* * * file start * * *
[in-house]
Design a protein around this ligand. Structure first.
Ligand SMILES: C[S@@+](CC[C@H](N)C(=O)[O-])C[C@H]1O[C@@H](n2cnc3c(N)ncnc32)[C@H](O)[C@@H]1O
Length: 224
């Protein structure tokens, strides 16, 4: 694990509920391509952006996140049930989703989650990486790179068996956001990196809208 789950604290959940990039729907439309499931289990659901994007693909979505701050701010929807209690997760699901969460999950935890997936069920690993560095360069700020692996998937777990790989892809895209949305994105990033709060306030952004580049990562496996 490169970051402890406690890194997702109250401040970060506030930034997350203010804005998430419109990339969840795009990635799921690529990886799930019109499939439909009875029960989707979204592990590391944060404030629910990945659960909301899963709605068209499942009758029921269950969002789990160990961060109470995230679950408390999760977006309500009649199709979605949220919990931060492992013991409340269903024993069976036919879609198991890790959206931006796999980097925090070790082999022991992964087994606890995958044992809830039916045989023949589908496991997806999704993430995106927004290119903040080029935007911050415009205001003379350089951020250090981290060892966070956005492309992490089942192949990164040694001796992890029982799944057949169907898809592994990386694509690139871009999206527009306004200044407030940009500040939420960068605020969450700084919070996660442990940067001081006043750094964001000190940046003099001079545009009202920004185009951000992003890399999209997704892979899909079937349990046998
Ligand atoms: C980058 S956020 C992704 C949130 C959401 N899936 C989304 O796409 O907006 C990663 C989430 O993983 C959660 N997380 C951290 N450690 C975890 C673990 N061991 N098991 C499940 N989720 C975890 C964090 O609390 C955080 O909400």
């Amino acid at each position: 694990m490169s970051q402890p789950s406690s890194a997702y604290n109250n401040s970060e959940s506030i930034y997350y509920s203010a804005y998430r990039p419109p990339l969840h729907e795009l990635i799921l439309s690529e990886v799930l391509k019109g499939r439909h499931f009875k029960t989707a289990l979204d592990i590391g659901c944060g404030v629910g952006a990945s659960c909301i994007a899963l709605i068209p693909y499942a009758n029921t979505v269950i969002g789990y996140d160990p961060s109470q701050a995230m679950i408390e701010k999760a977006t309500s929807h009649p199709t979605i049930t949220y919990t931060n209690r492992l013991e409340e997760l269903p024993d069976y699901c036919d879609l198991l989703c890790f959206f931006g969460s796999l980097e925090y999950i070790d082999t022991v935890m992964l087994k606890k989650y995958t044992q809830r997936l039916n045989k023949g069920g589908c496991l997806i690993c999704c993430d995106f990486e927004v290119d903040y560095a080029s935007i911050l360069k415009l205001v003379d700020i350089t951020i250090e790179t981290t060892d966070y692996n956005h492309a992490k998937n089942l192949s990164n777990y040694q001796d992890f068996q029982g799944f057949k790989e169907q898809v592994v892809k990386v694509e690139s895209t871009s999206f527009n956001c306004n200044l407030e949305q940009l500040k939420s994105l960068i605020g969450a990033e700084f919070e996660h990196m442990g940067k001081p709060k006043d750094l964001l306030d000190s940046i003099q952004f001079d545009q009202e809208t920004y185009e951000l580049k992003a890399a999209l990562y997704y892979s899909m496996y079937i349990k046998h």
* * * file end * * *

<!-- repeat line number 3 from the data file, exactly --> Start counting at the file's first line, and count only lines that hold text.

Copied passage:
Ligand SMILES: C[S@@+](CC[C@H](N)C(=O)[O-])C[C@H]1O[C@@H](n2cnc3c(N)ncnc32)[C@H](O)[C@@H]1O